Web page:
xml:space="preserve">
xml:space="preserve">
Advertisement
Advertisement

Snow and wind to continue to pound Carroll today

Blizzard-like conditions are expected around Carroll Saturday as what could prove to be a historic snowstorm pounds the area.

The flakes began falling at about 2:30 p.m. on Friday in Westminster, the first wave of what could turn out to be a historic storm. About 2 1/2 feet of snow is predicted to blanket Carroll County by the time the snowstorm is projected to end Sunday morning.

Advertisement

National Weather Service's latest forecast says the Carroll area should get between 24 and 30 inches of snow. A blizzard warning issued Friday evening for Carroll, as well as Frederick County and portions of Baltimore and Harford counties, is scheduled to remain in effect until 6 a.m. Sunday.

Official snowfall totals from the National Weather Service, showed that Winfield had almost 7 inches as of 2:30 a.m. Saturday and Lineboro had 6 inches at 2 a.m. Eldersburg had a report of a little more than 5 inches as of 11 p.m. Friday.

Advertisement
Advertisement

"When you get things to work in perfect harmony, you get big snowstorms," said Matt Elliott, a meteorologist with the National Weather Service for Baltimore and Washington. "And that's what happened here."

The snow is expected to fall at about an inch per hour until the peak of the storm Friday night into Saturday afternoon. Snow will fall at up to 2 to 3 inches per hour between 3 a.m. and midday Saturday, he said.

With up to 30 inches of snow expected, the storm can be considered historic, Accuweather meteorologist Tom Kines said.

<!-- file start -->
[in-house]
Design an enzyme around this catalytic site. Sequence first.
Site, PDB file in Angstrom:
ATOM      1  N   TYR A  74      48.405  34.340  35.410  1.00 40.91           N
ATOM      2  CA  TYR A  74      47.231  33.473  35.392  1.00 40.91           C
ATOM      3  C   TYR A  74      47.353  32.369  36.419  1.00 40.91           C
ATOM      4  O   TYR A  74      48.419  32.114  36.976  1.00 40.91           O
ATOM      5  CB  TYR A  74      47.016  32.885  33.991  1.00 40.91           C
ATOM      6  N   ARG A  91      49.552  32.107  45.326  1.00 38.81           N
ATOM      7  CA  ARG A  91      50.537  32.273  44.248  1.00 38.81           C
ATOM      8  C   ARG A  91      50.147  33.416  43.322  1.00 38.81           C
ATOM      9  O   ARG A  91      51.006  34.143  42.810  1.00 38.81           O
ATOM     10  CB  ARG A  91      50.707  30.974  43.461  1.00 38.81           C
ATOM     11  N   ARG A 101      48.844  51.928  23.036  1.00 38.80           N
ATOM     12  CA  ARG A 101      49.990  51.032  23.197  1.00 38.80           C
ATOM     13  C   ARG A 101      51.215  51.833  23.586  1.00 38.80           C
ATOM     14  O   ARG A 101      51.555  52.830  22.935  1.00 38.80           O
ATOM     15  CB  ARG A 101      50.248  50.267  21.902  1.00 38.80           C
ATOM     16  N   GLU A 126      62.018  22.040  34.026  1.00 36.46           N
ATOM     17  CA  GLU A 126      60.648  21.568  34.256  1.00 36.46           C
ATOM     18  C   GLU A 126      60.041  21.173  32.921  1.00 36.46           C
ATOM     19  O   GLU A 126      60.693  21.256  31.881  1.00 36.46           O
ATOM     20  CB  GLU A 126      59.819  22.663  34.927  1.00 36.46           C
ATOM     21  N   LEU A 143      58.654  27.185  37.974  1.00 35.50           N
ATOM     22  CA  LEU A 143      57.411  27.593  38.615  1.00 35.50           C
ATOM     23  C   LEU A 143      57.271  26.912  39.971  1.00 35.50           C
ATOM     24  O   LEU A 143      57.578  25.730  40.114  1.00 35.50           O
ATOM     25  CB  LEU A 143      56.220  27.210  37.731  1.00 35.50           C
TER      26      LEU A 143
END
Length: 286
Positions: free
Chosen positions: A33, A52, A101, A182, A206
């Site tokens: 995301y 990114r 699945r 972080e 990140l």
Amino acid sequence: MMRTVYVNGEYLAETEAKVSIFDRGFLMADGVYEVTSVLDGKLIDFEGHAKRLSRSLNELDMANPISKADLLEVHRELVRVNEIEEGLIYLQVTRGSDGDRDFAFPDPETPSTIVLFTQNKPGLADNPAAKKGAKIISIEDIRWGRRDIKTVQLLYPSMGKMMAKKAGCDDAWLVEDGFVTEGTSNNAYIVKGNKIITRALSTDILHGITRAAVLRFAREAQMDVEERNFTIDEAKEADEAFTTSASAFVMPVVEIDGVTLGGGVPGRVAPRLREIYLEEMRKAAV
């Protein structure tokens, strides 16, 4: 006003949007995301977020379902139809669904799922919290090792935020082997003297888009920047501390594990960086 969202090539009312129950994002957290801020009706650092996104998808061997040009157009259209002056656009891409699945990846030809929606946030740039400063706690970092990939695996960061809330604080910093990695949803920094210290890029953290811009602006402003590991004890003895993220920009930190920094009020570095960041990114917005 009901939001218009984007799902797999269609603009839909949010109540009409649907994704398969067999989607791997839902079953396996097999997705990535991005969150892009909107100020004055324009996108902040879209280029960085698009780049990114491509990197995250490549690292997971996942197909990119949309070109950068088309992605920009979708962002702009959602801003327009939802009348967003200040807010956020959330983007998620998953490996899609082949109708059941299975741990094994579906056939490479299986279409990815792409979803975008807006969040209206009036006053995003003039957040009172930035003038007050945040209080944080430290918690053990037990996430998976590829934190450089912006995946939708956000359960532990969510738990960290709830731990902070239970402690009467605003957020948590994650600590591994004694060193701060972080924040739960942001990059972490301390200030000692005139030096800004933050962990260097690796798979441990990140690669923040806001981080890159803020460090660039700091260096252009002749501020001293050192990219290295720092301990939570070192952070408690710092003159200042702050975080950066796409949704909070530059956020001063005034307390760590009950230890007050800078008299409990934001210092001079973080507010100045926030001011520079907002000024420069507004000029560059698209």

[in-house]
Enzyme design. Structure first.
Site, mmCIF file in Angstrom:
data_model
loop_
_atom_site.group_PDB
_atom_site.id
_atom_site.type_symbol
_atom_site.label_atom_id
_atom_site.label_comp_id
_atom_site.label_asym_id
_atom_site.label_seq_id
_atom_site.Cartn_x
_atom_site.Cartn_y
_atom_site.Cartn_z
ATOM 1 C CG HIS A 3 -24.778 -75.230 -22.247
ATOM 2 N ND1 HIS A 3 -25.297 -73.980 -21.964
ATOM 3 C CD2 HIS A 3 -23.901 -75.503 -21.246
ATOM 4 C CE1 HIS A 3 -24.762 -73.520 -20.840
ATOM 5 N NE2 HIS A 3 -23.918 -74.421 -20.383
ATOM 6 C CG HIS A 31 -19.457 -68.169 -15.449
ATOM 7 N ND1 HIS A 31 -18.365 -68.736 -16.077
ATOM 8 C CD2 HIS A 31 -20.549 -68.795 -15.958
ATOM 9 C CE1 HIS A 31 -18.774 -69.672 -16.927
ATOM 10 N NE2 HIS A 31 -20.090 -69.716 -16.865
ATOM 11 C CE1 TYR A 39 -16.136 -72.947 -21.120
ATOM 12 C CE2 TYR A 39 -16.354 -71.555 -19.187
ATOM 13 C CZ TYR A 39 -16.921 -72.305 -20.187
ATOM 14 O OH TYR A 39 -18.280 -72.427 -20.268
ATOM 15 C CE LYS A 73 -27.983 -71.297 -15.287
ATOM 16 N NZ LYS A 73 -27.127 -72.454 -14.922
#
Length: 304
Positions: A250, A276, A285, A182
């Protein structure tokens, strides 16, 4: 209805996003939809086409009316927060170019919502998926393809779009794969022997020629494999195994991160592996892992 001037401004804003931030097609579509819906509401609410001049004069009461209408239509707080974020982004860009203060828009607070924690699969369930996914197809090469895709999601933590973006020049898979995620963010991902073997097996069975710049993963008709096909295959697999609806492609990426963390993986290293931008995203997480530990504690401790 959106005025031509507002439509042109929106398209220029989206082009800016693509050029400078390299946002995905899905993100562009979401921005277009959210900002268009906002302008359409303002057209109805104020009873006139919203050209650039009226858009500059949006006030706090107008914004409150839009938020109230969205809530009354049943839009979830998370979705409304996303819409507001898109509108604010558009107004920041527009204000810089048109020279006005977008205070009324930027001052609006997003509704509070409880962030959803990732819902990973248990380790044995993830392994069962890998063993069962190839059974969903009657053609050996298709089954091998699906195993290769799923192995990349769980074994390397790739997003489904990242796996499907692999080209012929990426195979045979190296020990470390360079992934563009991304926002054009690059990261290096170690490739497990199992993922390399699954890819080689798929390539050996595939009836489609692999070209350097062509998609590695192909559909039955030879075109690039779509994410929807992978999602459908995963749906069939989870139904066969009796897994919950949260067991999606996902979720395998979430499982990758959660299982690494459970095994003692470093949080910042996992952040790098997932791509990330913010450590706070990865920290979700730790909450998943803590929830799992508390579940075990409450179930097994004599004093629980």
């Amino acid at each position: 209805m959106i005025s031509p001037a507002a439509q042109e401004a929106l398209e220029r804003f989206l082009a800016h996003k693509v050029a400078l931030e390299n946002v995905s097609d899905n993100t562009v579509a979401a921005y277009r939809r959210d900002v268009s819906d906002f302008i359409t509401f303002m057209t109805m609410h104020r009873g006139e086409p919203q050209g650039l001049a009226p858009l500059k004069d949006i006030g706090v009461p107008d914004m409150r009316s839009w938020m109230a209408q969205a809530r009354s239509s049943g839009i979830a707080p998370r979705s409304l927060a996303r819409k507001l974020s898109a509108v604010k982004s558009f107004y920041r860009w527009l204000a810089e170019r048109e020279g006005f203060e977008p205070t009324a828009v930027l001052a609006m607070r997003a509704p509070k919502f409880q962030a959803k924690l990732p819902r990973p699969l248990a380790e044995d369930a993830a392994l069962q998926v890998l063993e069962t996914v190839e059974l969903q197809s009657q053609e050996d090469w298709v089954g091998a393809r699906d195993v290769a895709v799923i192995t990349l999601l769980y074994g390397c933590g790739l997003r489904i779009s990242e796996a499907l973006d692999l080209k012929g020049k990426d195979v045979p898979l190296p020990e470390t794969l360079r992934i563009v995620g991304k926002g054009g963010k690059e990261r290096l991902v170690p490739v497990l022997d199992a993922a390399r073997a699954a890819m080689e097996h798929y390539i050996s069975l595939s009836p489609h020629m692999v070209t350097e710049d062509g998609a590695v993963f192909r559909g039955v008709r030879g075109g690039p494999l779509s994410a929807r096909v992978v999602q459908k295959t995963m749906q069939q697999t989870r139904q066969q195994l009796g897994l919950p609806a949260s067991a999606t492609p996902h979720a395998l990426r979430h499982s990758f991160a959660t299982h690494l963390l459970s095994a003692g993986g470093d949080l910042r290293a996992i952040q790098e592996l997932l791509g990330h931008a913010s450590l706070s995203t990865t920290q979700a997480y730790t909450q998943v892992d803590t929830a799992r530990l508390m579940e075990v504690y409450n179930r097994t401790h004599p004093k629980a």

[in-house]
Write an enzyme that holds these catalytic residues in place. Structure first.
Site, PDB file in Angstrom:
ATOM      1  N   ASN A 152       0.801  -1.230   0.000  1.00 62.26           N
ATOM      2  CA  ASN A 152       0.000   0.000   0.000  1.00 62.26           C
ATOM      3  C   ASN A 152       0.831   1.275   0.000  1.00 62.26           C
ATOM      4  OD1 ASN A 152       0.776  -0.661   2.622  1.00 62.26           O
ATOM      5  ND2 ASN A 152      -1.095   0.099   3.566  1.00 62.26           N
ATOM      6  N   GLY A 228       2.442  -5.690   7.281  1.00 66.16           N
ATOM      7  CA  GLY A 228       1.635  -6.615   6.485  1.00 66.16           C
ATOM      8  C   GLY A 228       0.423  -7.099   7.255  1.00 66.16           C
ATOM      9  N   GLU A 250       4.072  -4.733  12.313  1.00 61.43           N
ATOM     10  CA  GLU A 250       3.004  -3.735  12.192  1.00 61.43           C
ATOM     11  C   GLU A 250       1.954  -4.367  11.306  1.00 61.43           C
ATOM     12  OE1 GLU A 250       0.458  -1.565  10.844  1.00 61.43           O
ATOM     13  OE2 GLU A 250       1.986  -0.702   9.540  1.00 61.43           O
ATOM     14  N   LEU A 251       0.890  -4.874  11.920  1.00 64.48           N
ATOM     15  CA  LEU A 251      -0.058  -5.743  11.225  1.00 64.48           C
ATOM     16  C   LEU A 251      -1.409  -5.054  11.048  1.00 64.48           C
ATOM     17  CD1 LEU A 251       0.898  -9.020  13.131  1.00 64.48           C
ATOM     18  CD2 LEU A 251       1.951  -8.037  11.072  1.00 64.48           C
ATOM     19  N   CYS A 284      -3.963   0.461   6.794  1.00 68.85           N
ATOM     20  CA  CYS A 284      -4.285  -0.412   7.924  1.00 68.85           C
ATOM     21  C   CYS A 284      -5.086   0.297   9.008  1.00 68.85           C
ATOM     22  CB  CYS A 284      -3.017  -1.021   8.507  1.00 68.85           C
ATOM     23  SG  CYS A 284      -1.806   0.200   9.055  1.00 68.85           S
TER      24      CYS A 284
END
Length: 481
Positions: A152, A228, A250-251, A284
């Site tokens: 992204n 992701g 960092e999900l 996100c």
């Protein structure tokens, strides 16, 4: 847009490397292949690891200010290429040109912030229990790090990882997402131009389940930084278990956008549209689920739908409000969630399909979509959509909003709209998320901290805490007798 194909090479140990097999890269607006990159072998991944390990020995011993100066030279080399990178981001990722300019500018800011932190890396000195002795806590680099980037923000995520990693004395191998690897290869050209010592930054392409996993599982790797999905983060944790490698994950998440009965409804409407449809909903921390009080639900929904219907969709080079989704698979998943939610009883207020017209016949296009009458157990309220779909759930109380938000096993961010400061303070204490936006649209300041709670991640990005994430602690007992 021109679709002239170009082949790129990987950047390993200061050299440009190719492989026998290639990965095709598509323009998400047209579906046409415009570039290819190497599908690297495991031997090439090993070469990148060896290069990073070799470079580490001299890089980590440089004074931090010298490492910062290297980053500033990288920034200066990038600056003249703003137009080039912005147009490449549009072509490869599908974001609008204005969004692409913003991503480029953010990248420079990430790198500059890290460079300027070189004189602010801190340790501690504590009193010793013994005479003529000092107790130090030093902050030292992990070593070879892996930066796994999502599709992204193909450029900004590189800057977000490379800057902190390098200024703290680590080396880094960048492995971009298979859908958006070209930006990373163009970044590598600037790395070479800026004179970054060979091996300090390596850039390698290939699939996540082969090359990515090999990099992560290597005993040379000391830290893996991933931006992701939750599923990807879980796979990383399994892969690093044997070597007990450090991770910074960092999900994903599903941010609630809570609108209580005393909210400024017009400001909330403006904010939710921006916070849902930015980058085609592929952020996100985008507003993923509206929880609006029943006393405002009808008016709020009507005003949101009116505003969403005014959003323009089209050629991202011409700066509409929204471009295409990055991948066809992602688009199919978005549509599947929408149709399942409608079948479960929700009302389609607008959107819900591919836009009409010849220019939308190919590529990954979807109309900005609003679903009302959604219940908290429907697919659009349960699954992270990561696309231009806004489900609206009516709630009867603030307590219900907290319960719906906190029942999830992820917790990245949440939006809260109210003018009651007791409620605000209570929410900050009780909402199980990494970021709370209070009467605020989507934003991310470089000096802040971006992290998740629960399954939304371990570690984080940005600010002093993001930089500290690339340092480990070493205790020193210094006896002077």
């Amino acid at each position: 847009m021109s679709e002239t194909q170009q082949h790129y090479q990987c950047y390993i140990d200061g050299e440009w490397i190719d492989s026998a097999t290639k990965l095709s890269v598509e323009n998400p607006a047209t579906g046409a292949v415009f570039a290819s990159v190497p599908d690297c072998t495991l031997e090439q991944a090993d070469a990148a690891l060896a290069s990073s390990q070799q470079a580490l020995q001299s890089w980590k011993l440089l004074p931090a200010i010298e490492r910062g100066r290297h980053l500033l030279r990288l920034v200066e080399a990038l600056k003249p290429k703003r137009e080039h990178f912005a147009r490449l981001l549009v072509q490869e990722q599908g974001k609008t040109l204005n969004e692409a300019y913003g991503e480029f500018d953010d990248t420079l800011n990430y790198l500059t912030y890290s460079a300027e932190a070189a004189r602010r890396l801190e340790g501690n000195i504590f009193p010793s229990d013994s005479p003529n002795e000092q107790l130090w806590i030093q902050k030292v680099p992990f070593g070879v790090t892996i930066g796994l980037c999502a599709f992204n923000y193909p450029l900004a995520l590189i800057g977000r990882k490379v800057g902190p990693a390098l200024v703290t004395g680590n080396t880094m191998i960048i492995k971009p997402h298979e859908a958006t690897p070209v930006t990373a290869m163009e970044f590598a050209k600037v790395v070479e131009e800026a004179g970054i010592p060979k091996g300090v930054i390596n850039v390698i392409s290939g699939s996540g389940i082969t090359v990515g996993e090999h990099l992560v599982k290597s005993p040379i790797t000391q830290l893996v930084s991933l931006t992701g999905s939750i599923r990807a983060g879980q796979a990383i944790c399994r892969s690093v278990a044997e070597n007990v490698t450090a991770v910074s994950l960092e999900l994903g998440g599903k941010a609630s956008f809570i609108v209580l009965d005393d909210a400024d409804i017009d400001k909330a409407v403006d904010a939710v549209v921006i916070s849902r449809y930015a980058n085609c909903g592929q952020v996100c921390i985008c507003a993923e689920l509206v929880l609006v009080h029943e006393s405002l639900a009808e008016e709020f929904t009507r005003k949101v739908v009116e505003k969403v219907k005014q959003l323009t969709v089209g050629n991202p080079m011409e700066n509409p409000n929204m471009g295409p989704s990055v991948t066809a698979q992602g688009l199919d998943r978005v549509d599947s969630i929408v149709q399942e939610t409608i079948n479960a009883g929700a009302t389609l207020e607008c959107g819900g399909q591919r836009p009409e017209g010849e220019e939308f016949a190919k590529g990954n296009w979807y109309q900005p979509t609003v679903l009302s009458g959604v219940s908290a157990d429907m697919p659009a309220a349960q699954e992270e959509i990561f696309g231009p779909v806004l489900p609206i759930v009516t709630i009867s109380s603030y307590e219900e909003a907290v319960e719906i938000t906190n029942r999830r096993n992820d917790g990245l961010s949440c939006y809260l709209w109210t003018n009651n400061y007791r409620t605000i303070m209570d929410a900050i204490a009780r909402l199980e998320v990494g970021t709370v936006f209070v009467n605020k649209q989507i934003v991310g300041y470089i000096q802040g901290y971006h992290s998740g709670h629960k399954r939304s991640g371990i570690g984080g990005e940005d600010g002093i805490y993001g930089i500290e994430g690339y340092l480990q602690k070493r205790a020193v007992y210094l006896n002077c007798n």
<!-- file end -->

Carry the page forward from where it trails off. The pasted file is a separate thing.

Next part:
Because it is expected to be a dry snow accompanied by strong winds, plows might have to clear roads multiple times because of drifting snow. It also makes it harder to measure, Kines said.

Advertisement

The lighter snow doesn't tend to pull down power lines, like heavier, wet snow, but Kines said power outages should still be expected because of the high winds.

"There'll be a lot of wind, so it'll look like a blizzard out there," he said.

Baltimore Gas and Electric Co. is preparing for the predicted outages, bringing in more than 900 additional workers to help restore power in the storm, according to a news release from the utility.

The company is urging customers to be prepared for extended power loss by having flashlights with fresh batteries, cellphones that are charged, nonperishable food and gallons of water.

McDaniel College, which canceled classes on Friday, will remain closed until Tuesday, pushing the first classes of the spring semester back by a day, according to Cheryl Knauer, director of media relations for the college. Other colleges throughout the state, such as Frostburg State University and Towson University, will also push the start of their spring semesters back, while Carroll Community College will be closed Saturday and Sunday after closing early on Friday, according to the college's website.

Carroll County, along with the rest of Maryland, is currently under a state of emergency, which Gov. Larry Hogan declared Thursday. It went into effect at noon Friday in order to make all of the state's resources available. As part of the state of emergency, vehicles cannot be parked on snow routes.

Carroll County's Emergency Operations Center also opened at noon and will stay open until the storm ends, said Deborah Lundahl, a spokeswoman for the county government.